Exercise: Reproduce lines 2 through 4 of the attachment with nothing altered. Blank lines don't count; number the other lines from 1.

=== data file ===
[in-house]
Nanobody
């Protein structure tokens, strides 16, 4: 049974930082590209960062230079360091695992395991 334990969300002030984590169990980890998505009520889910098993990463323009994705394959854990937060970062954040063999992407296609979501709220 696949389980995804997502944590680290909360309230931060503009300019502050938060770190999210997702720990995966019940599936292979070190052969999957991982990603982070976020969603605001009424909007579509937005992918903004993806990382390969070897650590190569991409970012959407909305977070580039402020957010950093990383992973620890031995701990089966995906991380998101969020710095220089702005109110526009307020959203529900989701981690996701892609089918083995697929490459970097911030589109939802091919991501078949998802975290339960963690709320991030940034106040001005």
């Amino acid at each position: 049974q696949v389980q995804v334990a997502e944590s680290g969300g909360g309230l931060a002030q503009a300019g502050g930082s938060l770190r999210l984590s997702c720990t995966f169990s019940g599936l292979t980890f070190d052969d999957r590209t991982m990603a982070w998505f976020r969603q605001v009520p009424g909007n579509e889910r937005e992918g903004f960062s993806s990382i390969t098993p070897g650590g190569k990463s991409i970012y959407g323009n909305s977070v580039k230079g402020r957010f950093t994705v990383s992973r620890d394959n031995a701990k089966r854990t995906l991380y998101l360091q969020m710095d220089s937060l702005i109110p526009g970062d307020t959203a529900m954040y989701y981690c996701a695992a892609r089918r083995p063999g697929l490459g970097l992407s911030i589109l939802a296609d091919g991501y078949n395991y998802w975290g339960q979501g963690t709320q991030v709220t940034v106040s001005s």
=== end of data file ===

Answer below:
Nanobody
């Protein structure tokens, strides 16, 4: 049974930082590209960062230079360091695992395991 334990969300002030984590169990980890998505009520889910098993990463323009994705394959854990937060970062954040063999992407296609979501709220 696949389980995804997502944590680290909360309230931060503009300019502050938060770190999210997702720990995966019940599936292979070190052969999957991982990603982070976020969603605001009424909007579509937005992918903004993806990382390969070897650590190569991409970012959407909305977070580039402020957010950093990383992973620890031995701990089966995906991380998101969020710095220089702005109110526009307020959203529900989701981690996701892609089918083995697929490459970097911030589109939802091919991501078949998802975290339960963690709320991030940034106040001005």
């Amino acid at each position: 049974q696949v389980q995804v334990a997502e944590s680290g969300g909360g309230l931060a002030q503009a300019g502050g930082s938060l770190r999210l984590s997702c720990t995966f169990s019940g599936l292979t980890f070190d052969d999957r590209t991982m990603a982070w998505f976020r969603q605001v009520p009424g909007n579509e889910r937005e992918g903004f960062s993806s990382i390969t098993p070897g650590g190569k990463s991409i970012y959407g323009n909305s977070v580039k230079g402020r957010f950093t994705v990383s992973r620890d394959n031995a701990k089966r854990t995906l991380y998101l360091q969020m710095d220089s937060l702005i109110p526009g970062d307020t959203a529900m954040y989701y981690c996701a695992a892609r089918r083995p063999g697929l490459g970097l992407s911030i589109l939802a296609d091919g991501y078949n395991y998802w975290g339960q979501g963690t709320q991030v709220t940034v106040s001005s």